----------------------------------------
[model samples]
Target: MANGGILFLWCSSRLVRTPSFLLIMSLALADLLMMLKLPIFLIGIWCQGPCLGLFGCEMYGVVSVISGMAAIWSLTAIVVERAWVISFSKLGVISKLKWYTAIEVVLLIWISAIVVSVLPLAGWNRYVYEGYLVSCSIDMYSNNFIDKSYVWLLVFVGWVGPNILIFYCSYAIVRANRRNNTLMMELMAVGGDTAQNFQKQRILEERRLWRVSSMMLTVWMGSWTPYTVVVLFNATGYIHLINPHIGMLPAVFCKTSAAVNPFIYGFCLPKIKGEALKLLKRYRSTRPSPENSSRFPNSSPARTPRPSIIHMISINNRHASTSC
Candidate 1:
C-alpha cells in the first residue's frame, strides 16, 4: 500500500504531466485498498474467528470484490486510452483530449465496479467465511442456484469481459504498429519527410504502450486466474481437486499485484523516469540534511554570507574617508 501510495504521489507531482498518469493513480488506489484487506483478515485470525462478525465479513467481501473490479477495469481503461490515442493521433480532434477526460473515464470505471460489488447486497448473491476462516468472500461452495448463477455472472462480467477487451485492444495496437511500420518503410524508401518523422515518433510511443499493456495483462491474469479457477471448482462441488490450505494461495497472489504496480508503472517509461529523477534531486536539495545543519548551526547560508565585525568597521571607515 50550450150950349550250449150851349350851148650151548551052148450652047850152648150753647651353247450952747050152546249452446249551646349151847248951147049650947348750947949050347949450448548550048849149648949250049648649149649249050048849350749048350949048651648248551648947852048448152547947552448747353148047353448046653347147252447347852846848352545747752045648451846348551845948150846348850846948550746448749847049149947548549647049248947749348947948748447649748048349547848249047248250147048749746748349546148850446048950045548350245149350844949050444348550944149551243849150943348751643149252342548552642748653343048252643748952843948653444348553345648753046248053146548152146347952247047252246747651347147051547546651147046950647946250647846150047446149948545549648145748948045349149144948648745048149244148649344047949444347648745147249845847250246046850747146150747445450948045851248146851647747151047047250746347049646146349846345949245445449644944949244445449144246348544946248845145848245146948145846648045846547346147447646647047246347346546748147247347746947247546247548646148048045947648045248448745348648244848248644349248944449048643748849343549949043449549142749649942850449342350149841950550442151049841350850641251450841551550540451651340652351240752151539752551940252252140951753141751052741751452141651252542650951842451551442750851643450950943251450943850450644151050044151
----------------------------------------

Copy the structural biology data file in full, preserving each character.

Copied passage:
[model samples]
Target: MANGGILFLWCSSRLVRTPSFLLIMSLALADLLMMLKLPIFLIGIWCQGPCLGLFGCEMYGVVSVISGMAAIWSLTAIVVERAWVISFSKLGVISKLKWYTAIEVVLLIWISAIVVSVLPLAGWNRYVYEGYLVSCSIDMYSNNFIDKSYVWLLVFVGWVGPNILIFYCSYAIVRANRRNNTLMMELMAVGGDTAQNFQKQRILEERRLWRVSSMMLTVWMGSWTPYTVVVLFNATGYIHLINPHIGMLPAVFCKTSAAVNPFIYGFCLPKIKGEALKLLKRYRSTRPSPENSSRFPNSSPARTPRPSIIHMISINNRHASTSC
Candidate 1:
C-alpha cells in the first residue's frame, strides 16, 4: 500500500504531466485498498474467528470484490486510452483530449465496479467465511442456484469481459504498429519527410504502450486466474481437486499485484523516469540534511554570507574617508 501510495504521489507531482498518469493513480488506489484487506483478515485470525462478525465479513467481501473490479477495469481503461490515442493521433480532434477526460473515464470505471460489488447486497448473491476462516468472500461452495448463477455472472462480467477487451485492444495496437511500420518503410524508401518523422515518433510511443499493456495483462491474469479457477471448482462441488490450505494461495497472489504496480508503472517509461529523477534531486536539495545543519548551526547560508565585525568597521571607515 50550450150950349550250449150851349350851148650151548551052148450652047850152648150753647651353247450952747050152546249452446249551646349151847248951147049650947348750947949050347949450448548550048849149648949250049648649149649249050048849350749048350949048651648248551648947852048448152547947552448747353148047353448046653347147252447347852846848352545747752045648451846348551845948150846348850846948550746448749847049149947548549647049248947749348947948748447649748048349547848249047248250147048749746748349546148850446048950045548350245149350844949050444348550944149551243849150943348751643149252342548552642748653343048252643748952843948653444348553345648753046248053146548152146347952247047252246747651347147051547546651147046950647946250647846150047446149948545549648145748948045349149144948648745048149244148649344047949444347648745147249845847250246046850747146150747445450948045851248146851647747151047047250746347049646146349846345949245445449644944949244445449144246348544946248845145848245146948145846648045846547346147447646647047246347346546748147247347746947247546247548646148048045947648045248448745348648244848248644349248944449048643748849343549949043449549142749649942850449342350149841950550442151049841350850641251450841551550540451651340652351240752151539752551940252252140951753141751052741751452141651252542650951842451551442750851643450950943251450943850450644151050044151